Hills are alive with the sounds of harmony

SMASHED windows, severed pig heads, threats of violence and mass rallies: all over an Islamic prayer hall on Sydney’s fringe.

No, this is not Camden. It is another community split asunder five years ago when Annangrove locals rallied against the construction of an Islamic prayer hall in the heart of their bible-belt suburb.

The man at the centre of that dispute – Abbas Aly – has some advice for the people of Camden.

“People in Camden should come and see what happened in The Hills, which went from a nasty situation to a beautiful situation,” Mr Aly said.

Mr Aly faced a heated backlash from locals opposed to the prayer centre, with an action group called the Annangrove Progress Association taking the battle to the Land and Environment Court.

More than 8000 objections were lodged against the Annangrove Muslim prayer centre in 2002 before the court overturned Baulkham Hills Shire Council’s decision to reject the proposal.

The site was subjected to constant vandalism, including smashed windows and a severed pig’s head impaled outside the building.

In the bitter court challenge, members from the residents group said they had a jihad placed on them for their staunch opposition.

But according to Mr Aly there has been none of the predicted doom that locals feared an influx of Muslim worshippers would have on the amenity of Annangrove.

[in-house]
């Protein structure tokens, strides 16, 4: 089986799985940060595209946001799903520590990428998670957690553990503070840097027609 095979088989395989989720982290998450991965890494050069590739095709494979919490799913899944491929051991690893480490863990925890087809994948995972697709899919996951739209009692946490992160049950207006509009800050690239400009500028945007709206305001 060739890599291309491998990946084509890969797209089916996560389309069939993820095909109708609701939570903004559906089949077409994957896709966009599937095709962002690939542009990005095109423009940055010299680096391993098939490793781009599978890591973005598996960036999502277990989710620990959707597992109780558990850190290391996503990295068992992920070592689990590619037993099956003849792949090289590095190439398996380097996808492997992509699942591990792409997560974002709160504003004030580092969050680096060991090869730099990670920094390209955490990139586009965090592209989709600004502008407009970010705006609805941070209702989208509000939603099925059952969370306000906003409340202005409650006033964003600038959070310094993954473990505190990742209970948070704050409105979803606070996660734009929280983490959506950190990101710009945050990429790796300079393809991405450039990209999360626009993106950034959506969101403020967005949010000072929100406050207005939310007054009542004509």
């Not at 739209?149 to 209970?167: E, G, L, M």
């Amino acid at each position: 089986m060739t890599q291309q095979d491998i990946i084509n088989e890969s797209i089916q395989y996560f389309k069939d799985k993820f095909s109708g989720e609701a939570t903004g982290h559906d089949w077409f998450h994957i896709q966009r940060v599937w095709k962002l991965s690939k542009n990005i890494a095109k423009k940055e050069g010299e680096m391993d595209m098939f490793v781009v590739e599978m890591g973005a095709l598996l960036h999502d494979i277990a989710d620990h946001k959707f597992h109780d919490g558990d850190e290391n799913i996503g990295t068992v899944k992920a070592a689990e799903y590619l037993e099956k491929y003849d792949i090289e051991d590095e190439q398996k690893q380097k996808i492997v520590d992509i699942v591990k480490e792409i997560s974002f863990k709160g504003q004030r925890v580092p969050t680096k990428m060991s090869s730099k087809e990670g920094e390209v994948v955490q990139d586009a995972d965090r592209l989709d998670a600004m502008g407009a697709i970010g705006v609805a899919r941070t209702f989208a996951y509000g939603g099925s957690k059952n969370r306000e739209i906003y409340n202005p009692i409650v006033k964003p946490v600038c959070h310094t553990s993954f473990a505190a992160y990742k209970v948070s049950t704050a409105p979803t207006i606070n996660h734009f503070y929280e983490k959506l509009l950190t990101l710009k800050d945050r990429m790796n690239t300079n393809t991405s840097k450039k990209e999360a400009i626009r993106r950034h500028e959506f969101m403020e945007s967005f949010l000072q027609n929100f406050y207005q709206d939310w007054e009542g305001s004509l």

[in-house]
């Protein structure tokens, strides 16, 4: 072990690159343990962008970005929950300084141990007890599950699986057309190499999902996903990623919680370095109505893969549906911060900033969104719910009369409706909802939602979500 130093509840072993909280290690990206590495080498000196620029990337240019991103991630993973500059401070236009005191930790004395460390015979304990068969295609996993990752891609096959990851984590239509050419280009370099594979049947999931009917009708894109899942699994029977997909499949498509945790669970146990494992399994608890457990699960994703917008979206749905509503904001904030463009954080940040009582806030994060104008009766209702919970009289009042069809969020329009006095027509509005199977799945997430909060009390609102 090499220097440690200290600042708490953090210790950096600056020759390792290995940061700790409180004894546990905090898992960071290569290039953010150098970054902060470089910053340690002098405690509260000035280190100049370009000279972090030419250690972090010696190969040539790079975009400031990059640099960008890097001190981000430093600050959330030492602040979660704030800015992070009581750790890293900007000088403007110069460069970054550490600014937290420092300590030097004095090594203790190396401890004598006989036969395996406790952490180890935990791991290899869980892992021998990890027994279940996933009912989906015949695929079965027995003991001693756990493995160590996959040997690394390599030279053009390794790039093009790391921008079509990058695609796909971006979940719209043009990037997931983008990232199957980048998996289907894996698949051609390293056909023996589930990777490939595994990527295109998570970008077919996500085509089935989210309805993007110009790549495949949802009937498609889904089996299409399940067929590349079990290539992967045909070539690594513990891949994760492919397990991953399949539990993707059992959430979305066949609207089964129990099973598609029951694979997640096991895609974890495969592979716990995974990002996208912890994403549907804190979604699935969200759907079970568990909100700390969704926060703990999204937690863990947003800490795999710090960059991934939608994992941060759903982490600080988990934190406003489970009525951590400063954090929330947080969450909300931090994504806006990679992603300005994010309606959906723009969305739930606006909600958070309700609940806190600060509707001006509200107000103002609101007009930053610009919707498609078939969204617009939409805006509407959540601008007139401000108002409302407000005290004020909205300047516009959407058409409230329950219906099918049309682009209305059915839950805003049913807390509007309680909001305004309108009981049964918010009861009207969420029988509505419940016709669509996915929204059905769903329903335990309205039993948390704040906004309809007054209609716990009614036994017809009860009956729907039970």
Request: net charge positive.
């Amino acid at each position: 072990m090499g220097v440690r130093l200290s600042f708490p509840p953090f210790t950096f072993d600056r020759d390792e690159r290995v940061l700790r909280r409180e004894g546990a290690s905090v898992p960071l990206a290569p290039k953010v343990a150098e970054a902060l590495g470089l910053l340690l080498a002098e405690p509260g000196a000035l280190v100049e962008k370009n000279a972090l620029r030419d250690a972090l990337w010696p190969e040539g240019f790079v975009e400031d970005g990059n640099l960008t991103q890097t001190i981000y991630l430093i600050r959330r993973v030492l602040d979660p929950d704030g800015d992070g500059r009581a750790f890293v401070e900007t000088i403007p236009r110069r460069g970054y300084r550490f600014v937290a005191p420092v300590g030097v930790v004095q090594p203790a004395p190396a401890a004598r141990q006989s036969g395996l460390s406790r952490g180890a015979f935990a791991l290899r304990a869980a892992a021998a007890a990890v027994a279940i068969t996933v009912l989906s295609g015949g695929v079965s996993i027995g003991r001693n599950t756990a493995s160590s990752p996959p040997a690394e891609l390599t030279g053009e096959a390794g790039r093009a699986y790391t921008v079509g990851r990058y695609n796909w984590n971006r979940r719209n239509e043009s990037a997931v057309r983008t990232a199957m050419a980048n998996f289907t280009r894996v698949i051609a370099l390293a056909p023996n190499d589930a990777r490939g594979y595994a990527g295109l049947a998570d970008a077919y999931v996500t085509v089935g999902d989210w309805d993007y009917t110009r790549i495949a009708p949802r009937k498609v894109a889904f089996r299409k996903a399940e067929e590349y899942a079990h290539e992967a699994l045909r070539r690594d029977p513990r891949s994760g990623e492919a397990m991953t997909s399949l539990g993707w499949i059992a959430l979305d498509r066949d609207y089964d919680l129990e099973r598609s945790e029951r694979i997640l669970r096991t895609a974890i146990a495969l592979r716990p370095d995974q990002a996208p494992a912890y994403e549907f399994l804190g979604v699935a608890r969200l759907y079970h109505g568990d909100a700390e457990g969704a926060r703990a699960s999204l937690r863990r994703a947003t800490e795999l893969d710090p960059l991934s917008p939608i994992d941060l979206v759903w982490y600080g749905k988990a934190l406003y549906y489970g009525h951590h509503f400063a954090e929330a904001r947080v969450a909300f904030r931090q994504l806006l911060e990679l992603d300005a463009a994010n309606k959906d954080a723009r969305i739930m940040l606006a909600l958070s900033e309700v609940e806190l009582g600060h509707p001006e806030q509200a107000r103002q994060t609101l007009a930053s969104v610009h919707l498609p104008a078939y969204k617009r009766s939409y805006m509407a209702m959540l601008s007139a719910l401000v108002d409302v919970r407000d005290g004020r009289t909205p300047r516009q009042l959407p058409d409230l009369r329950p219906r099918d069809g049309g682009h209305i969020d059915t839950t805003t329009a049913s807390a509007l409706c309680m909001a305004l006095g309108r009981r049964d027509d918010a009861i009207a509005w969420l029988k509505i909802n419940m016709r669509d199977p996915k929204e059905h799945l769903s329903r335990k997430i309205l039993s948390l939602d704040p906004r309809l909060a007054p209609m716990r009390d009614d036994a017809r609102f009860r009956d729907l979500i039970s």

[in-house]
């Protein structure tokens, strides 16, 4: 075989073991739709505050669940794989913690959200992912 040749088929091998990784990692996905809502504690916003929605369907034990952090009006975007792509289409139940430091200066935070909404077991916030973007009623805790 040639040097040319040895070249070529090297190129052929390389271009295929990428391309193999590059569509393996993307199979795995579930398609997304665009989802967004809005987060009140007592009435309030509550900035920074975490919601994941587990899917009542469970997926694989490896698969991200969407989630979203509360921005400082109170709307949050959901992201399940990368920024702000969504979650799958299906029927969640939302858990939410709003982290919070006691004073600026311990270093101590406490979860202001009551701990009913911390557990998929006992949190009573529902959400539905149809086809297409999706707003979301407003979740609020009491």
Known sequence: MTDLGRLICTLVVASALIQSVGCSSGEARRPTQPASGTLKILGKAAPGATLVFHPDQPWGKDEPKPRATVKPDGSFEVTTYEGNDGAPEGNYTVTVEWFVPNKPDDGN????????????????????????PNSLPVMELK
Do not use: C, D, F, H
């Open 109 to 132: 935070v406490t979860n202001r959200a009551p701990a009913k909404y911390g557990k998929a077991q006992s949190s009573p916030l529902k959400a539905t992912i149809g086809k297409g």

“Once people started coming in and having a look around, talking to us and sharing a cup of coffee – their attitudes changed,” Mr Aly said.

“It has turned around so much that on December 5 we will be having a joint celebration of Jesus’ life here, with speeches by both Christians and Muslims and Christmas carols by the Galston Uniting Church’s men’s choir,” Mr Aly said.

A new development application currently before Baulkham Hills Council for an extension of the prayer hall’s hours has received just a handful of objections – a far cry from the 8000 in 2002.

One of those objections comes from Annangrove Progress Association president Dermot O’Sullivan, who stands by their group’s opposition to the prayer hall.

Mr O’Sullivan said, while there might not be any problems now, it could be a different situation in 10 to 15 years when the number of worshippers grows and increases the strain on roads and infrastructure.

“The substance of our objection was always about the appropriateness of a development like that in the locality it was proposed and we stand by that,” Mr O’Sullivan said.

“The trouble was that people who stuck their hand in the air and objected were all called a bunch of redneck racists.”…

Let’s say xenophobia or Islamophobia perhaps, just to please the nitpickers who say opposing Muslims can’t be racist because Islam is not a race, but there is little doubt that much the media focused on in Camden recently was very ugly. The fact is Muslims can be and in most cases are good citizens of Australia; as Warren Mundine noted, the whole idea of a suburb that can’t have Muslims or blacks or Asians or Anglos or whatever just isn’t our way; our way is to mix in together respecting one another’s differences.

Amen to that.

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Posted by on May 30, 2008 in Australia, Australia and Australian, current affairs, education, Islam, Multicultural, multicultural Australia, multiculturalism, pluralism, Tony Abbott, TV